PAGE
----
An ‘Informal Arrangement’ to Not Report the News
Peter Hart, FAIR, Feb 6 2013
Today the WaPo (2/6/13) reported some news that it’s known for years, but had decided not tell us until now: The CIA has a drone base in Saudi Arabia. Their rationale for withholding this information was simple: The government didn’t want them to. And from what the WaPo is telling us today, they weren’t the only ones. After explaining that Anwar al-Awlaki was killed by an attack “carried out in part by CIA drones flown from a secret base in Saudi Arabia,” the paper explains:
The WaPo had refrained from disclosing the location at the request of the administration, which cited concern that exposing the facility would undermine operations against an al-Qaeda affiliate regarded as the network’s most potent threat to the US, as well as potentially damage counter-terrorism collaboration with Saudi Arabia.
So why did the WaPo finally report this news today?
The WaPo learned Tuesday night that another news organization was planning to reveal the location of the base, effectively ending an informal arrangement among several news organizations that had been aware of the location for more than a year.
So there was an “informal arrangement among several news organizations” not to report important news because the government felt that it could make things difficult for them. It would appear that “another news organization” is the NYT, which reported today:
The first strike in Yemen ordered by the Obama administration, in Dec 2009, was by all accounts a disaster. US cruise missiles carrying cluster munitions killed dozens of civilians, including many women and children. Another strike, six months later, killed a popular deputy governor, inciting angry demonstrations and an attack that shut down a critical oil pipeline. Not long afterward, the CIA began quietly building a drone base in Saudi Arabia to carry out strikes in Yemen. Officials said that the first time the CIA used the Saudi base was to kill Awlaki in Sep 2011.
The fact that the WaPo was keeping something secret was known in 2011, as FAIR noted (7/27/11), quoting the paper:
The agency is building a desert airstrip so that it can begin flying armed drones over Yemen. The facility, which is scheduled to be completed in September, is designed to shield the CIA’s aircraft, and their sophisticated surveillance equipment, from observers at busier regional military hubs such as Djibouti, where the JSOC drones are based. The WaPo is withholding the specific location of the CIA facility at the administration’s request.
As FAIR also pointed out then, this was reminiscent of another decision by the WaPo to withhold news. In 2005, the paper delivered an explosive story about “black sites” where CIA was interrogating suspects, places where in many cases the agency could reasonably expect the prisoners to be tortured. The WaPo’s valuable exposé was undercut by its decision not to name the countries involved. As the paper explained:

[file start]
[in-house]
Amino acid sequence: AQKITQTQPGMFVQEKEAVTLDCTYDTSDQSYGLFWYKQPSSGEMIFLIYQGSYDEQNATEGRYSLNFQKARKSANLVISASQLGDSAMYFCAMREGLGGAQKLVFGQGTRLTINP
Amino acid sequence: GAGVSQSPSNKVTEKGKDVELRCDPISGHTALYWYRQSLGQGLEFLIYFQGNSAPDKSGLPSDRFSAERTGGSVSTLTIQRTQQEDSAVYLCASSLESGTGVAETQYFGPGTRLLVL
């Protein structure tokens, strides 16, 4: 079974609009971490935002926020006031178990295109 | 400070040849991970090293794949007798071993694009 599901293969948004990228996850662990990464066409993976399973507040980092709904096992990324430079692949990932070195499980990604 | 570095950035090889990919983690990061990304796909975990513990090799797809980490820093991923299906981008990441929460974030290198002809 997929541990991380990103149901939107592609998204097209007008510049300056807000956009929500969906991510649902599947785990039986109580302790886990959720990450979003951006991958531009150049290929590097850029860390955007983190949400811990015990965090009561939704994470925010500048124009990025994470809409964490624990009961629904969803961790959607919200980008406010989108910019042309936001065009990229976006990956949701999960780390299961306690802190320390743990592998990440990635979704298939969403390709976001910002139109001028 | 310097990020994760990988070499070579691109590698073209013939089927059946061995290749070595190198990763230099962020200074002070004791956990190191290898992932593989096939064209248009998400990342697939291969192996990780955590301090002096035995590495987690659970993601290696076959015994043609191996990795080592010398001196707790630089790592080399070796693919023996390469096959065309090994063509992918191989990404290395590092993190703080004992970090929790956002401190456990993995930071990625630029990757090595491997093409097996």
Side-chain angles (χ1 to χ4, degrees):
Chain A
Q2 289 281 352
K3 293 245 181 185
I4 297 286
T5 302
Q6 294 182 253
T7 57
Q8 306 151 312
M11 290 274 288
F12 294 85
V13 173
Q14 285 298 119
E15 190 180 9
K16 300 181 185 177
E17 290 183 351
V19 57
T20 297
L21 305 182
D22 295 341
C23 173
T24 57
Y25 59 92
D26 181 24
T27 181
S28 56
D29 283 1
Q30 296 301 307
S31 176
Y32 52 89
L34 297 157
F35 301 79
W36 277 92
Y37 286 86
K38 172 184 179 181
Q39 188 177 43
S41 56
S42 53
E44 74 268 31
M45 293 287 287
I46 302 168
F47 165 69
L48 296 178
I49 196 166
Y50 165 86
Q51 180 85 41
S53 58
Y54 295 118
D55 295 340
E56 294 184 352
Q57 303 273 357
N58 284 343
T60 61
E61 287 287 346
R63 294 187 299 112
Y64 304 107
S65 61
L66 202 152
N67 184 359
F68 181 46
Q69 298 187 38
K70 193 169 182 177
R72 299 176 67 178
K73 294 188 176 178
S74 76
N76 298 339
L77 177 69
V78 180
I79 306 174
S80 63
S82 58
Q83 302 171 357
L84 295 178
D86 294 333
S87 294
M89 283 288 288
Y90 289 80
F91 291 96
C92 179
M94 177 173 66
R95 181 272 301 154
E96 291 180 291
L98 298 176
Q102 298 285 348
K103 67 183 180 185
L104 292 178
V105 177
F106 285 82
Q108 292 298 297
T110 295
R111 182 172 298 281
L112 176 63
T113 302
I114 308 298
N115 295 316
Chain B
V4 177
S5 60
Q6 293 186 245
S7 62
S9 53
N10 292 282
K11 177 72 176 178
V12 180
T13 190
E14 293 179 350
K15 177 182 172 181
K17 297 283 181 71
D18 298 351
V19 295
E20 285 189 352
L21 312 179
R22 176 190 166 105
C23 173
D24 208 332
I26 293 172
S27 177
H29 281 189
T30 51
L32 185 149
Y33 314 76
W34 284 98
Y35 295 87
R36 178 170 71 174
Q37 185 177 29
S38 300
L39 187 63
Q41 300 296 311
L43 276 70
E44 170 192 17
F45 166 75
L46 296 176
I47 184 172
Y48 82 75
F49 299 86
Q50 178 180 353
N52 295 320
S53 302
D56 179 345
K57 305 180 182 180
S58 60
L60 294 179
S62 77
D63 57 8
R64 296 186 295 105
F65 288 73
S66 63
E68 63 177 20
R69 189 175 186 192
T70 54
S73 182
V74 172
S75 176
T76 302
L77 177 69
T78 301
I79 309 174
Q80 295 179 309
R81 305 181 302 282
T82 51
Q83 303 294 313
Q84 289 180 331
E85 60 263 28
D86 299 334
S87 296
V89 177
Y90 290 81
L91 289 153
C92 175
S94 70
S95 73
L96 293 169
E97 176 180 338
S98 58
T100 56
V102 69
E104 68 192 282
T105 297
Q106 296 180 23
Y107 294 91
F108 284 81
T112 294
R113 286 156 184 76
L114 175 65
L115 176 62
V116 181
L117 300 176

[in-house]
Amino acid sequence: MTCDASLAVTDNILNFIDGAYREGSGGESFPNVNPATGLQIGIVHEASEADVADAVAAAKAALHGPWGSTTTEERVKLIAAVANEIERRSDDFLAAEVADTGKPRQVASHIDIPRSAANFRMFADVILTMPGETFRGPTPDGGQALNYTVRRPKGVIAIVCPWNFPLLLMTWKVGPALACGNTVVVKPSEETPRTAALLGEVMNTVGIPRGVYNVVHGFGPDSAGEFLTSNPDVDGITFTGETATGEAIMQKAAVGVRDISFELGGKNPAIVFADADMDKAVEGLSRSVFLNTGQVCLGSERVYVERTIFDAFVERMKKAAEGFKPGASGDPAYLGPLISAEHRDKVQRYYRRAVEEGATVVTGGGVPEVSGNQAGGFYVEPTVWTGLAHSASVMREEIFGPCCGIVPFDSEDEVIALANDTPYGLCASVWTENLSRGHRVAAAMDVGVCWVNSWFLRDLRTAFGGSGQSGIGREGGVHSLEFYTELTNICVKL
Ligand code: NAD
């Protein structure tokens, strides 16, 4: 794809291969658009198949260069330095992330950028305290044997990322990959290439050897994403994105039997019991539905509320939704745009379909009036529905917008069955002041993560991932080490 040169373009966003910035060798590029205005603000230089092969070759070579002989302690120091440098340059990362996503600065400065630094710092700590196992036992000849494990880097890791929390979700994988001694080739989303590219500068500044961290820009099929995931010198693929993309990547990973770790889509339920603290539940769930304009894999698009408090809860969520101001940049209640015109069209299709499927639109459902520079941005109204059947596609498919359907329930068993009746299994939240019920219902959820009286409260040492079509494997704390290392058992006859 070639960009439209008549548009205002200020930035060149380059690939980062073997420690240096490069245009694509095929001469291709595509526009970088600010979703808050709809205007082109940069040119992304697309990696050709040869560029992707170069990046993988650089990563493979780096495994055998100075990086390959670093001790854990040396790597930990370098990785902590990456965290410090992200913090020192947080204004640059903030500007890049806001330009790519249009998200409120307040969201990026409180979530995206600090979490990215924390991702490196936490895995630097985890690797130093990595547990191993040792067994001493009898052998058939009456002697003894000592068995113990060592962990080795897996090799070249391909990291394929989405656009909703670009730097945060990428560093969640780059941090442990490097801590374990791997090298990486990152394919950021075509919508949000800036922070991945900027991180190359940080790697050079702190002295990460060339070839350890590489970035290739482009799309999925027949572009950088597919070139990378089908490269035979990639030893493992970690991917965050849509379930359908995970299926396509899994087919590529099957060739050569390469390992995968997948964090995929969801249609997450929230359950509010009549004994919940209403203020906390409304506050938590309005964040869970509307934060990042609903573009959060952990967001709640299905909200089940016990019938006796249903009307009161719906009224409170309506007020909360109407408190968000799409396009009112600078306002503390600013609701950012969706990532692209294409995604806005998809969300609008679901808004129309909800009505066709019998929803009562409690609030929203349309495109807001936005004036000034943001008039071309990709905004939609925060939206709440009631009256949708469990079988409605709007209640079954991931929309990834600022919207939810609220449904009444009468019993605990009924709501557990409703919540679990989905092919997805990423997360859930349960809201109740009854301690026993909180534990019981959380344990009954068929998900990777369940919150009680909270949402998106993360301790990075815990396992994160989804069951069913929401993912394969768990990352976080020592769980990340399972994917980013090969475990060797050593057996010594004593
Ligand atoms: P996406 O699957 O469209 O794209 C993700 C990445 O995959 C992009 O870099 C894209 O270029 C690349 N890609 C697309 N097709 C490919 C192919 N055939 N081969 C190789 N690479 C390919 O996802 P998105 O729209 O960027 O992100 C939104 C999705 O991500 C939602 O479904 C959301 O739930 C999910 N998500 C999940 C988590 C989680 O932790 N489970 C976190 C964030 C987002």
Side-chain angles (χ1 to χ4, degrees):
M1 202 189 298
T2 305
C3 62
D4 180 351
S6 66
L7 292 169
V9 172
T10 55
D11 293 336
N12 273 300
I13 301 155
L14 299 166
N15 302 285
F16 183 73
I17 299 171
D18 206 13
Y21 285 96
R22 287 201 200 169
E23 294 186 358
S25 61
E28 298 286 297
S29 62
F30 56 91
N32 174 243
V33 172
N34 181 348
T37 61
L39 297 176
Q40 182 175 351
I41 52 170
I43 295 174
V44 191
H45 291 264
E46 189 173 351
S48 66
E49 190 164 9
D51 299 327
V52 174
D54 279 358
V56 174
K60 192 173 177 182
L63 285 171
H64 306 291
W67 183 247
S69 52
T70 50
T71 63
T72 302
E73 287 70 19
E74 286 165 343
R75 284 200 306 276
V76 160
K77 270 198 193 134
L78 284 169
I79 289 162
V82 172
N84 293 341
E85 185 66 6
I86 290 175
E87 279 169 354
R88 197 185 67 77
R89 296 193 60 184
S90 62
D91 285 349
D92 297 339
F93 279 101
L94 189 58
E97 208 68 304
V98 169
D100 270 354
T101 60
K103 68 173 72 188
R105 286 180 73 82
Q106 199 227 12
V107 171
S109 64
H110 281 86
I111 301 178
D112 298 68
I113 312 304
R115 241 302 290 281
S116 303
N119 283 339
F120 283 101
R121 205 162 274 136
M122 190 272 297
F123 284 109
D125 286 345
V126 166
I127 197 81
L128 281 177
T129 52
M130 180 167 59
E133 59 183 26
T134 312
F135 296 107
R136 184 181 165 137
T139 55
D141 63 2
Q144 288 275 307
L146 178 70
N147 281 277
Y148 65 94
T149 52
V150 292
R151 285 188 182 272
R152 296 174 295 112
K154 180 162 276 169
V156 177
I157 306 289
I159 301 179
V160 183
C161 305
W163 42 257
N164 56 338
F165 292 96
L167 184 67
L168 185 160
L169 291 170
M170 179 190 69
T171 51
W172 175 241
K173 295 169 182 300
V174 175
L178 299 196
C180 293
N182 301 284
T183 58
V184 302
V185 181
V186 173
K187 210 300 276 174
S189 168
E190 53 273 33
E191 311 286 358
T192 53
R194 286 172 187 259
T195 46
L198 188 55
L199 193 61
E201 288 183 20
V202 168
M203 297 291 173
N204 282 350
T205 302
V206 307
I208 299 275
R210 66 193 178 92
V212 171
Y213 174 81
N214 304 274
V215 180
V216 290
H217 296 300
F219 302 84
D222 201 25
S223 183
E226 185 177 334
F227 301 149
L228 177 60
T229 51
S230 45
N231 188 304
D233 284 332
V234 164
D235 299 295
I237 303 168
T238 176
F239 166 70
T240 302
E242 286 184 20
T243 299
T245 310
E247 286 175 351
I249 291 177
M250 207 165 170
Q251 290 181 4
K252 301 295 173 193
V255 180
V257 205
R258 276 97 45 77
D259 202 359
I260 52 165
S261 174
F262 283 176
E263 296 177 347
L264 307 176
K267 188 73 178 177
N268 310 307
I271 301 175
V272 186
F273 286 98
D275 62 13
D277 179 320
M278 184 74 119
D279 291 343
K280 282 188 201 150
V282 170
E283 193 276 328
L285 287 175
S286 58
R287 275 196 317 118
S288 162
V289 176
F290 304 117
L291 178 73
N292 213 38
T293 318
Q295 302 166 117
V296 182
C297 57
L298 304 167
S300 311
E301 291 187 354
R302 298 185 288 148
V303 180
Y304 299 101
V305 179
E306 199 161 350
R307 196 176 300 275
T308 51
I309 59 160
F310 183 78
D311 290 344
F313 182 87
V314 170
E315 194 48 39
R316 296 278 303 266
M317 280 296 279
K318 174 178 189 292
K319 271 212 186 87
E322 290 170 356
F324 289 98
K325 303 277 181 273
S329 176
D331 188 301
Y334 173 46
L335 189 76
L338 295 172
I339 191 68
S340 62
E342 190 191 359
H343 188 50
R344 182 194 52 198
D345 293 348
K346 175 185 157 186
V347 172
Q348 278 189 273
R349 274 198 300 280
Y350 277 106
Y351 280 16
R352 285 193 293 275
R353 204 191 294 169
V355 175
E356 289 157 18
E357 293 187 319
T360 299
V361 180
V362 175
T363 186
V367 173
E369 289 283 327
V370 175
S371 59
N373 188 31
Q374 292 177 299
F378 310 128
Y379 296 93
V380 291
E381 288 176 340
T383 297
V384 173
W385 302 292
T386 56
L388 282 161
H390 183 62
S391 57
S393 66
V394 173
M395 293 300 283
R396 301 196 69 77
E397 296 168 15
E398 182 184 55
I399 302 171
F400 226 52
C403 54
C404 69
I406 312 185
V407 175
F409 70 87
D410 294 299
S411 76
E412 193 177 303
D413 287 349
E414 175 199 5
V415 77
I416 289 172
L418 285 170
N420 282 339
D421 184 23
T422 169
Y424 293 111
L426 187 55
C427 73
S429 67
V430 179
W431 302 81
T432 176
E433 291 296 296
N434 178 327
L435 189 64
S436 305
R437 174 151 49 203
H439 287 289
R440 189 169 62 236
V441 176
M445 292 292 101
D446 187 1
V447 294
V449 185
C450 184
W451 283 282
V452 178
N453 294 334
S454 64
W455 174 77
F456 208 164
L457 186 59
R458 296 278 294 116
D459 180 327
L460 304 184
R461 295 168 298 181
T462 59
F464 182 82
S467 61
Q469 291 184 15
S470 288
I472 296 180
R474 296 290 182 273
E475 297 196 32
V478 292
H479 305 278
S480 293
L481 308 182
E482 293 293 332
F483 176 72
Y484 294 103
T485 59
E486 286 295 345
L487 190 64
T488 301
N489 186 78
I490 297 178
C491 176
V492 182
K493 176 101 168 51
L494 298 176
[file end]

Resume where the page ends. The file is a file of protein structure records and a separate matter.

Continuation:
The WaPo is not publishing the names of the Eastern European countries involved in the covert program, at the request of senior US officials. They argued that the disclosure might disrupt counter-terrorism efforts in those countries and elsewhere and could make them targets of possible terrorist retaliation.
This week, a new report from the Open Society Institute documented that more than 50 countries were involved in the CIA “extraordinary rendition” program. It’s certainly possible that some countries might have stopped helping the US government torture people if it had been made known that they were doing so. Likewise, it’s possible that Saudi Arabia will stop allowing the CIA to use its territory to conduct a secret drone war against a third country now that the secret is out. But the possibility that news might affect the world is not a reason to stop doing journalism. Indeed, it’s the best reason to do journalism. The NYT’s ‘Public Editor’, Margaret Sullivan, has weighed in on her blog (2/6/13), and what’s most notable is the opinion of the paper’s managing editor Dean Baquet, since it basically confirms the point we were making above:
The government’s rationale for asking that the location be withheld was that revealing it might jeopardize the existence of the base and harm counter-terrorism efforts, Baquet said: “The Saudis might shut it down because the citizenry would be very upset… We have to balance that concern with reporting the news.”
So the NYT believes that it should refrain from reporting news that people in Saudi Arabia might object to, especially if it wound up complicating our government’s plans to launch military attacks from their country.